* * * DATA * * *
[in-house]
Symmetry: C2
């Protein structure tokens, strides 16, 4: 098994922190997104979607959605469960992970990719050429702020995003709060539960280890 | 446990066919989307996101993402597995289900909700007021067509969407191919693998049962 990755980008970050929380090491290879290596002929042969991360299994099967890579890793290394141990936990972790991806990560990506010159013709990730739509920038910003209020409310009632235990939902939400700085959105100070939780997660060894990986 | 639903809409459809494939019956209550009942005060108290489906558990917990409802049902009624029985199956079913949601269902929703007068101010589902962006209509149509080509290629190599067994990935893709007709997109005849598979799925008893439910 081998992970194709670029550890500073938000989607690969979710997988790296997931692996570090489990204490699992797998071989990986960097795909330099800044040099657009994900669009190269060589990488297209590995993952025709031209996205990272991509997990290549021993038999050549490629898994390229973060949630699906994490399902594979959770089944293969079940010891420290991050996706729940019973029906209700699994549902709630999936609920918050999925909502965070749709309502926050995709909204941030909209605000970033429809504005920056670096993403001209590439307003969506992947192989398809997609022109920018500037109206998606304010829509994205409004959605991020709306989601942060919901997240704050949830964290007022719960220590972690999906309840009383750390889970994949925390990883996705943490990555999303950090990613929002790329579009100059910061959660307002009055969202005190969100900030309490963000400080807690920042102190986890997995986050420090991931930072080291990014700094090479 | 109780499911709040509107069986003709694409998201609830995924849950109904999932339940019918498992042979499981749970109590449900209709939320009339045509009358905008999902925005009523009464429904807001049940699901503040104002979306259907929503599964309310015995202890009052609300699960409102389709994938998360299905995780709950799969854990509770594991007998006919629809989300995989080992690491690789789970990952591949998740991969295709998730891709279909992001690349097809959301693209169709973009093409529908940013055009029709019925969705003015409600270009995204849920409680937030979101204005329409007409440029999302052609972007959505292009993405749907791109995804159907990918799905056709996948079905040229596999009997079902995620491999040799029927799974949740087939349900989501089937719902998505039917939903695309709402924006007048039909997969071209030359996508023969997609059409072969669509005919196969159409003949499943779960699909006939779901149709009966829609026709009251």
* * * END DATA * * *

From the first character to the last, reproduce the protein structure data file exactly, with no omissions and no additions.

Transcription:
[in-house]
Symmetry: C2
């Protein structure tokens, strides 16, 4: 098994922190997104979607959605469960992970990719050429702020995003709060539960280890 | 446990066919989307996101993402597995289900909700007021067509969407191919693998049962 990755980008970050929380090491290879290596002929042969991360299994099967890579890793290394141990936990972790991806990560990506010159013709990730739509920038910003209020409310009632235990939902939400700085959105100070939780997660060894990986 | 639903809409459809494939019956209550009942005060108290489906558990917990409802049902009624029985199956079913949601269902929703007068101010589902962006209509149509080509290629190599067994990935893709007709997109005849598979799925008893439910 081998992970194709670029550890500073938000989607690969979710997988790296997931692996570090489990204490699992797998071989990986960097795909330099800044040099657009994900669009190269060589990488297209590995993952025709031209996205990272991509997990290549021993038999050549490629898994390229973060949630699906994490399902594979959770089944293969079940010891420290991050996706729940019973029906209700699994549902709630999936609920918050999925909502965070749709309502926050995709909204941030909209605000970033429809504005920056670096993403001209590439307003969506992947192989398809997609022109920018500037109206998606304010829509994205409004959605991020709306989601942060919901997240704050949830964290007022719960220590972690999906309840009383750390889970994949925390990883996705943490990555999303950090990613929002790329579009100059910061959660307002009055969202005190969100900030309490963000400080807690920042102190986890997995986050420090991931930072080291990014700094090479 | 109780499911709040509107069986003709694409998201609830995924849950109904999932339940019918498992042979499981749970109590449900209709939320009339045509009358905008999902925005009523009464429904807001049940699901503040104002979306259907929503599964309310015995202890009052609300699960409102389709994938998360299905995780709950799969854990509770594991007998006919629809989300995989080992690491690789789970990952591949998740991969295709998730891709279909992001690349097809959301693209169709973009093409529908940013055009029709019925969705003015409600270009995204849920409680937030979101204005329409007409440029999302052609972007959505292009993405749907791109995804159907990918799905056709996948079905040229596999009997079902995620491999040799029927799974949740087939349900989501089937719902998505039917939903695309709402924006007048039909997969071209030359996508023969997609059409072969669509005919196969159409003949499943779960699909006939779901149709009966829609026709009251």